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ARTICLE |

Causes of Hyperketonemia

Selden E. Spencer, MD
JAMA. 1979;242(18):1968. doi:10.1001/jama.1979.03300180012010.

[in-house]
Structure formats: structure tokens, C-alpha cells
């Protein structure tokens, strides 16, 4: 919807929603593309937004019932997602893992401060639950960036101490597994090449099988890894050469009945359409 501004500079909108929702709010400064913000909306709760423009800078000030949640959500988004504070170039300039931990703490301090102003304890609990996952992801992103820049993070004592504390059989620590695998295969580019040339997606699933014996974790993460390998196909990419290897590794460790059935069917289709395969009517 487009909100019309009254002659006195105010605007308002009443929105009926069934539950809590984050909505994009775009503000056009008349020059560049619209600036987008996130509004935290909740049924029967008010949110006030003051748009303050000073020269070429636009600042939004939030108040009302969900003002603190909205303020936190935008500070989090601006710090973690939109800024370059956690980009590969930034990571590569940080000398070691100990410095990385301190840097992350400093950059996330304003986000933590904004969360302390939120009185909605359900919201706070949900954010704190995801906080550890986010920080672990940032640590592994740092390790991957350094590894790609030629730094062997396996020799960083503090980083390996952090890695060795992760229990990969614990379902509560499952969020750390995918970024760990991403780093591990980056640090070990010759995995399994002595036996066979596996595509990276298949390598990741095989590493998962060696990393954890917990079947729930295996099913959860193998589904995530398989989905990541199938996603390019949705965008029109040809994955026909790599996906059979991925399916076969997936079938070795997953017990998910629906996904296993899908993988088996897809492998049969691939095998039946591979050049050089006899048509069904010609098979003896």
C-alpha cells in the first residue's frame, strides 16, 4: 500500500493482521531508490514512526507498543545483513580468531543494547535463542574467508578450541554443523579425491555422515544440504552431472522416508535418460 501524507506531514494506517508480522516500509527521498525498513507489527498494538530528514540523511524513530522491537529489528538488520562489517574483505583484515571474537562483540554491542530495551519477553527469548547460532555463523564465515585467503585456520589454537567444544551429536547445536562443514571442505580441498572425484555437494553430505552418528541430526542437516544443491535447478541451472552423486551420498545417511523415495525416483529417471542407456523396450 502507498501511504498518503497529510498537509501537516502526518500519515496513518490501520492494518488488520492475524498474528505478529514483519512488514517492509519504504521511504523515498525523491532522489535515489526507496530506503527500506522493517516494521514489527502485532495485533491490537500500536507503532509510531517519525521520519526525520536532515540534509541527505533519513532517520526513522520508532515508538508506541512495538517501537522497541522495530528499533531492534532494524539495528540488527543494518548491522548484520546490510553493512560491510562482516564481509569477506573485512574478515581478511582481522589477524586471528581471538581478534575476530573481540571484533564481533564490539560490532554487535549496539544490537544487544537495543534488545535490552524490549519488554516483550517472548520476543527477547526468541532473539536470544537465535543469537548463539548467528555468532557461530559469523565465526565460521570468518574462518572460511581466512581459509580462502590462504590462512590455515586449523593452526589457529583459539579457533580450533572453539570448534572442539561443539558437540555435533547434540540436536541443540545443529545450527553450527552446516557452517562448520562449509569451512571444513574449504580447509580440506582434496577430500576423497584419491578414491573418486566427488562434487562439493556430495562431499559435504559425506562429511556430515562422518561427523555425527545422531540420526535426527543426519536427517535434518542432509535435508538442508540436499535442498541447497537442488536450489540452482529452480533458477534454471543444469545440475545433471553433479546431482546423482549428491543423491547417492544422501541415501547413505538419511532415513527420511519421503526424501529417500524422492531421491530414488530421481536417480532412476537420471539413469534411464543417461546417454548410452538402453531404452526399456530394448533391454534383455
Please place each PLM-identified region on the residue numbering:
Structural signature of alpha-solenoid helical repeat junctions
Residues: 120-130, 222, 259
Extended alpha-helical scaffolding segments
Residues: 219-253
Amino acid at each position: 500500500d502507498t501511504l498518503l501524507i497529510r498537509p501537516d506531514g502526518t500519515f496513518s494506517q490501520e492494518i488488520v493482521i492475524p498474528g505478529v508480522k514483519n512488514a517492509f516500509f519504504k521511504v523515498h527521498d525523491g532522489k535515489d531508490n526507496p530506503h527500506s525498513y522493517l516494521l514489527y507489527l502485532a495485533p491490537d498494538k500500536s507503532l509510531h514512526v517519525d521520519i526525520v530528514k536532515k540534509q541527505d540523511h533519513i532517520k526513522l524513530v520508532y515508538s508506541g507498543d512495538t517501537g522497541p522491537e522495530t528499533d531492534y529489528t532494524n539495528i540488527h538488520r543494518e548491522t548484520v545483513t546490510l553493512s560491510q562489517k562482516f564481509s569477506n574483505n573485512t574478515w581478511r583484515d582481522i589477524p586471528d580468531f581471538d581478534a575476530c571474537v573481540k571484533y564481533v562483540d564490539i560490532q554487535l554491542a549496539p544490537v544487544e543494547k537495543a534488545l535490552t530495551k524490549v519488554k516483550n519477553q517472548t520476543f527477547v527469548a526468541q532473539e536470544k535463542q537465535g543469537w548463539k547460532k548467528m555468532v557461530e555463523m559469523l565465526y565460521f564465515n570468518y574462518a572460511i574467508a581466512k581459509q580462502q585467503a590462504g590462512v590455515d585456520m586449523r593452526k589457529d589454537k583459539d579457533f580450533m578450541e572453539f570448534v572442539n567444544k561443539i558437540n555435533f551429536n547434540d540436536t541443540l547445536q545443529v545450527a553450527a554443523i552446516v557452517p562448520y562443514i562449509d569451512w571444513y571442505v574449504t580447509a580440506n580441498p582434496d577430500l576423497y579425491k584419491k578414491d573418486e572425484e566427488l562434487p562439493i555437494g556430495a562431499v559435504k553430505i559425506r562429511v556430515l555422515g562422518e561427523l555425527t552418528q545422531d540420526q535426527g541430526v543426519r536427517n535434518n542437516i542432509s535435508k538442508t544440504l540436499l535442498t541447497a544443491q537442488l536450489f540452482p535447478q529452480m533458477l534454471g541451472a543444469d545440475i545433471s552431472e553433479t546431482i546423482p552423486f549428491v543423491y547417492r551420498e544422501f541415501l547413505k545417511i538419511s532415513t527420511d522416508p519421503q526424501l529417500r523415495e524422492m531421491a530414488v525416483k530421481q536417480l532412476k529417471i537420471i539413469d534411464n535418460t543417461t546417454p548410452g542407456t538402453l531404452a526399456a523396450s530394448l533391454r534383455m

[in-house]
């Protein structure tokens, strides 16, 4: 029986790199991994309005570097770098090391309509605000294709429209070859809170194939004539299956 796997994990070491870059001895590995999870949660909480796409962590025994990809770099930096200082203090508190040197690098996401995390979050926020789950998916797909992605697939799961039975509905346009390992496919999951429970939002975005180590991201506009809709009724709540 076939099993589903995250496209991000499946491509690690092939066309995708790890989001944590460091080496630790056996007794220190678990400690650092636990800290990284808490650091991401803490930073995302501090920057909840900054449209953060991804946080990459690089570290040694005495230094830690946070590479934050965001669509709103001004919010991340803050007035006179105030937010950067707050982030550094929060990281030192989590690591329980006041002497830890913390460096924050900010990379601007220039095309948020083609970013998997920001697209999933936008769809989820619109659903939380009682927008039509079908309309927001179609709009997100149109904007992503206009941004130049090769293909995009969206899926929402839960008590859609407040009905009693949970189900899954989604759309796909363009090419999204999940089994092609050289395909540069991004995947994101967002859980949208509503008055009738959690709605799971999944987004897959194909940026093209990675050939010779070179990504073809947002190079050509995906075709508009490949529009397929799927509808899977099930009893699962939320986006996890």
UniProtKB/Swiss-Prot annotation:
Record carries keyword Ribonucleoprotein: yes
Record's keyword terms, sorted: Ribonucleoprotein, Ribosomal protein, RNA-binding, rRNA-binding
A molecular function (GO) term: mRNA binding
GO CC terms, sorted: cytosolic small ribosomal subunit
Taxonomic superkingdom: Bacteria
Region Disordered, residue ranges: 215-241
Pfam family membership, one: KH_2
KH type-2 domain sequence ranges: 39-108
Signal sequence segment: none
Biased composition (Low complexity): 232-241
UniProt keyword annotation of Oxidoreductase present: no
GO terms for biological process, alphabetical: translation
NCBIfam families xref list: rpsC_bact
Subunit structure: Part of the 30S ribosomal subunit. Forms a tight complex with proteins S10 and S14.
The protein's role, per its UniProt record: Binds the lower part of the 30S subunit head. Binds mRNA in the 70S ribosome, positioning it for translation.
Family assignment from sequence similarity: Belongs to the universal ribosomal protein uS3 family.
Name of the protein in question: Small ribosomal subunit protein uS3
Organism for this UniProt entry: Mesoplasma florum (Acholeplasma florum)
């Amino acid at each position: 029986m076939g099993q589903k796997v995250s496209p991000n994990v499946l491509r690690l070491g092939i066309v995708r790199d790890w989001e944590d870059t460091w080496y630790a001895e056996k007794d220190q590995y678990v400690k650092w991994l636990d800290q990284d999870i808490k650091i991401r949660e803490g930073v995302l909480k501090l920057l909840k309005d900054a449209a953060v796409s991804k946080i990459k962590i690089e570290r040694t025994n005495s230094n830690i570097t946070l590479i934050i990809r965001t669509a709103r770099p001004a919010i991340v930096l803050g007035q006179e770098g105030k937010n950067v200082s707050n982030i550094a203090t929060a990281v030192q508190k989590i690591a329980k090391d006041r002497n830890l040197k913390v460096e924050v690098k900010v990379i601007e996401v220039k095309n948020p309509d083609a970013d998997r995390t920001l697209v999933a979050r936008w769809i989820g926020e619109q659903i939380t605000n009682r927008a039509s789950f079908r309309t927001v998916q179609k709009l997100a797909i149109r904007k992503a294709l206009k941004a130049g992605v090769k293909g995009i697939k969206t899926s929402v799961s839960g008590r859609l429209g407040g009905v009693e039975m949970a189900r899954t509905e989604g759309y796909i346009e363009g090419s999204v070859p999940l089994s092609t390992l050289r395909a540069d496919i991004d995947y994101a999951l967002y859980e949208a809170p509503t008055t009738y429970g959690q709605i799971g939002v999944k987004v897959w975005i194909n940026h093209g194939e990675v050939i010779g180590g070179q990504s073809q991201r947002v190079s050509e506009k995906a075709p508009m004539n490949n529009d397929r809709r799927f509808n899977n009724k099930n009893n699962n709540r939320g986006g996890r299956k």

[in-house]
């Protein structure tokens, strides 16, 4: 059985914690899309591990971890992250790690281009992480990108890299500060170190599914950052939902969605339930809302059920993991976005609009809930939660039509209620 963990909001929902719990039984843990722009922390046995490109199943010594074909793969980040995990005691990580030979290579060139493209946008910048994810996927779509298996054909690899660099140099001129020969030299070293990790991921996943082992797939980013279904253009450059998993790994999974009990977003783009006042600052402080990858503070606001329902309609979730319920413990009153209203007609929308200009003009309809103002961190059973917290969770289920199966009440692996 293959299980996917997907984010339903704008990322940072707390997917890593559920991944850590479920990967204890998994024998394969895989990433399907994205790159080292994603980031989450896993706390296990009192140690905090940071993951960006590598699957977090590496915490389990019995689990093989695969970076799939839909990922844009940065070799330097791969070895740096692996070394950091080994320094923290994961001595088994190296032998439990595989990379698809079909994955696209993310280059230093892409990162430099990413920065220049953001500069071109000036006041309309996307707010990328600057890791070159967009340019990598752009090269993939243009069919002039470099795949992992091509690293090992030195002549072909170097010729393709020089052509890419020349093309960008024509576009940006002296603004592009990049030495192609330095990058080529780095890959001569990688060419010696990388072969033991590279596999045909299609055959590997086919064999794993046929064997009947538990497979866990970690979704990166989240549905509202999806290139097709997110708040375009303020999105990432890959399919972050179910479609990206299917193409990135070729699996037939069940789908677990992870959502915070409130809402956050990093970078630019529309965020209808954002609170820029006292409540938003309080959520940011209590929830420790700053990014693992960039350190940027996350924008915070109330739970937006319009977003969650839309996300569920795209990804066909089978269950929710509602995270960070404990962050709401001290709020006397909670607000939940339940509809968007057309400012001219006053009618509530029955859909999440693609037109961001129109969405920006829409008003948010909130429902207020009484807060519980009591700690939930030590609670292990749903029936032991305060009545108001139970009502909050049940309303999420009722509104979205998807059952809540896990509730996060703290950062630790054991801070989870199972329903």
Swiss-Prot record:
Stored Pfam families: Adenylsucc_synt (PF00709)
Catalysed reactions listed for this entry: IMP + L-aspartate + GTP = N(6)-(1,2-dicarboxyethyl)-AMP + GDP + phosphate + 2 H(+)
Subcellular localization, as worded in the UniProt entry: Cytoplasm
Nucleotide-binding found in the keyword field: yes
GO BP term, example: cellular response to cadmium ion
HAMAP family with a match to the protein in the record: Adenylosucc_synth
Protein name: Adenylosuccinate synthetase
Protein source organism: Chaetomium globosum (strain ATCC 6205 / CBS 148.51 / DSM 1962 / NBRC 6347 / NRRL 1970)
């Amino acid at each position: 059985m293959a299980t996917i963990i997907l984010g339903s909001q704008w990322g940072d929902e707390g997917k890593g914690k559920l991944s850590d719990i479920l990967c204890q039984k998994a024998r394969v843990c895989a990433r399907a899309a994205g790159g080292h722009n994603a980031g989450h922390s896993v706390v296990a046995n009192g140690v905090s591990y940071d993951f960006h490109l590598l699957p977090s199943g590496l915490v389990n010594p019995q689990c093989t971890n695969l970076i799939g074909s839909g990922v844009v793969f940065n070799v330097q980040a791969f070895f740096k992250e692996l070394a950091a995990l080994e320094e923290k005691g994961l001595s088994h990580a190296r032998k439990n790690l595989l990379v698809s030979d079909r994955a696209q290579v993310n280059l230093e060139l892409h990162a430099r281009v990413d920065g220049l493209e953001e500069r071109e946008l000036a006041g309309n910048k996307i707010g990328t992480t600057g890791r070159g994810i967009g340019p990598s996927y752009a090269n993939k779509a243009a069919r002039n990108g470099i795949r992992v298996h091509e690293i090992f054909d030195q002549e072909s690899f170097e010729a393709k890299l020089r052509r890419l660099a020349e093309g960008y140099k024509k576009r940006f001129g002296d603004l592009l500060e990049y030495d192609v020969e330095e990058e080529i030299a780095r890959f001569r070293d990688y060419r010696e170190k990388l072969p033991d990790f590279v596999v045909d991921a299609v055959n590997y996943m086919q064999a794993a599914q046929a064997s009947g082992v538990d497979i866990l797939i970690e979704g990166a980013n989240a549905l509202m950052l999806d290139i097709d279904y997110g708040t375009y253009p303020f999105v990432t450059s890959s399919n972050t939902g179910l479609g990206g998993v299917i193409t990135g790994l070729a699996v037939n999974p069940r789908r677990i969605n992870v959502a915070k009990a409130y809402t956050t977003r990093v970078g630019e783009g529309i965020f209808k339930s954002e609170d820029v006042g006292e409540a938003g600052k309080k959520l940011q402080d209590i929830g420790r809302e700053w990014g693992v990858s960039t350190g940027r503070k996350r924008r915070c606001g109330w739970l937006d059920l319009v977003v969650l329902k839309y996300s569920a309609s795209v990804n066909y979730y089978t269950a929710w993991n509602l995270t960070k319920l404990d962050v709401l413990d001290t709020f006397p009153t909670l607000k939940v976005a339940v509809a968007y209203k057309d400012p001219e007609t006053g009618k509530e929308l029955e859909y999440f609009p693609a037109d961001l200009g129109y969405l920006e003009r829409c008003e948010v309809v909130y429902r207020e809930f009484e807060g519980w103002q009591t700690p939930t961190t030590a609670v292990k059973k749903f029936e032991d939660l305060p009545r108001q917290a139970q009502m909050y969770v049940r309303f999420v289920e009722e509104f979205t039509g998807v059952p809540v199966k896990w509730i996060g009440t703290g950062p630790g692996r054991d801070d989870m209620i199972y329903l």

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To the Editor.—  The article by Schade and Eaton (241:2064, 1979) on the differential diagnosis and therapy for the hyperketonemic state1 may have the unintended effect of lulling the reader into ignoring perhaps less common but equally serious and lethal causes of hyperketonemia and ketonuria.Isopropyl alcohol intoxication is associated with hyperketonemia and ketonuria1 without glycosuria or acidosis. The experience of Ashkar and Miller2 and Vermeulen3 warns us that unraveling the cause of hyperketonemia in a diabetic alcoholic with access to isopropyl alcohol can be confusing and difficult. Also, mildly elevated serum ketone levels were reported in a case of cyanide poisoning.4The isopropyl alcohol intoxication would probably represent a fifth category of hyperketonemic causes. It is purely exogenous. The hyperketonemia of cyanide poisoning is neither well established nor clear in etiology, but may relate to severe lactic acidosis and stress.

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